Physical function, muscle strength and muscle mass in children on peritoneal dialysis

Alayli G., Oezkaya O., Bek K., Calmasur A., Diren B., Bek Y., ...More

PEDIATRIC NEPHROLOGY, vol.23, no.4, pp.639-644, 2008 (SCI-Expanded) identifier identifier identifier

  • Publication Type: Article / Article
  • Volume: 23 Issue: 4
  • Publication Date: 2008
  • Doi Number: 10.1007/s00467-007-0711-z
  • Journal Indexes: Science Citation Index Expanded (SCI-EXPANDED), Scopus
  • Page Numbers: pp.639-644
  • Keywords: children, magnetic resonance imaging, muscle mass, muscle strength, peritoneal dialysis, physical functioning, 6-MINUTE WALK TEST, PATIENTS RECEIVING HEMODIALYSIS, CHRONIC-RENAL-FAILURE, QUALITY-OF-LIFE, EXERCISE TOLERANCE, KIDNEY-DISEASE, FINAL HEIGHT, PERFORMANCE, ATROPHY, HEALTH
  • Kocaeli University Affiliated: No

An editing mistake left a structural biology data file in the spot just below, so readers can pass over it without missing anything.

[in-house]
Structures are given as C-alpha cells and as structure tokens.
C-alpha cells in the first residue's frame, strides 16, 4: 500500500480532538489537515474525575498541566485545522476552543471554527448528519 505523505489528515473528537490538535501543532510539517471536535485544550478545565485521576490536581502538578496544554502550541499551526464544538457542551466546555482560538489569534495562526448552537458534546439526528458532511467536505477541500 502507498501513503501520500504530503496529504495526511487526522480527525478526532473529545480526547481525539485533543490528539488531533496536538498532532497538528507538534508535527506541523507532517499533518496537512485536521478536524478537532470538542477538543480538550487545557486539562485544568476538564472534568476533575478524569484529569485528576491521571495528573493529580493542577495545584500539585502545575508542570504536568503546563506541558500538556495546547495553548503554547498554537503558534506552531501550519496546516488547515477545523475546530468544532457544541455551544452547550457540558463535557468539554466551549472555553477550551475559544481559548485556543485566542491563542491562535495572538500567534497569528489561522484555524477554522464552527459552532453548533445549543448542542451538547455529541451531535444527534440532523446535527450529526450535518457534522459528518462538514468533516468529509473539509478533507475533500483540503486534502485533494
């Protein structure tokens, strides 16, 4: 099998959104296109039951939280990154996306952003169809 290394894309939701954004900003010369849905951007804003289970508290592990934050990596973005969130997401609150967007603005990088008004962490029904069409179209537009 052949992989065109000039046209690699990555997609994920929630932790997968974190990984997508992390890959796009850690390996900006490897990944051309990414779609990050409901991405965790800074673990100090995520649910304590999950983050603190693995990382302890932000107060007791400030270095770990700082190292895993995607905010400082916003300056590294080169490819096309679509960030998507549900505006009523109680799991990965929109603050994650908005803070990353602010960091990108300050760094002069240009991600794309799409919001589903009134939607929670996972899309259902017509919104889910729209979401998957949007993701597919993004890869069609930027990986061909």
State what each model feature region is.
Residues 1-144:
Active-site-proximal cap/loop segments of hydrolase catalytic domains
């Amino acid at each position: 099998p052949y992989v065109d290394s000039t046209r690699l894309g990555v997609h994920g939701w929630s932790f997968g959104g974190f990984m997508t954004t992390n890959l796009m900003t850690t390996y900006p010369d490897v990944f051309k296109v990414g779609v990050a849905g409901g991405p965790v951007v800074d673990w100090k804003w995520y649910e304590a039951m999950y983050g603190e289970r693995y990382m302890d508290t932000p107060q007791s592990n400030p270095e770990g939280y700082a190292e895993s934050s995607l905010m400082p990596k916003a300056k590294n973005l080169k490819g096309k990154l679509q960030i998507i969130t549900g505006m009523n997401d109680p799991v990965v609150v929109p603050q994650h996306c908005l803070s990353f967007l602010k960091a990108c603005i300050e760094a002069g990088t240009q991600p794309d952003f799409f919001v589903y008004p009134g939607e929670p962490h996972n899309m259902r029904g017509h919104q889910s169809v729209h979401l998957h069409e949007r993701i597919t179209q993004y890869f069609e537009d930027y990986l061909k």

The aim of this study was to examine the physical function and muscle strength of children on peritoneal dialysis (PD) and to assess whether the muscle structure alterations influence physical function and muscle strength in these children. Twenty-two children on PD and 16 healthy children were enrolled into the study. A 6-min walk distance and gait speed tests were used to evaluate physical performance. Quadriceps muscle strength (QMS) was measured with a hand-held dynamometer. Magnetic resonance imaging was used to determine the cross-sectional area (CSA) and T2 signal intensity of the quadriceps muscle. Significant differences in the performance of these functional tests were found between PD patients and controls. Quadriceps muscle strength was significantly lower in PD patients than in controls. The CSA corrected for the body mass index (CSA/BMI) was not different between groups, whereas T2 signal intensity was significantly higher in PD patients than in the controls. Physical functioning tests and QMS had a close relationship with muscle CSA/BMI and with T2 signal intensity. In conclusion, along with the other previously documented mechanisms, increased fat in muscles may contribute to the decreased physical functioning and muscle strength in PD patients.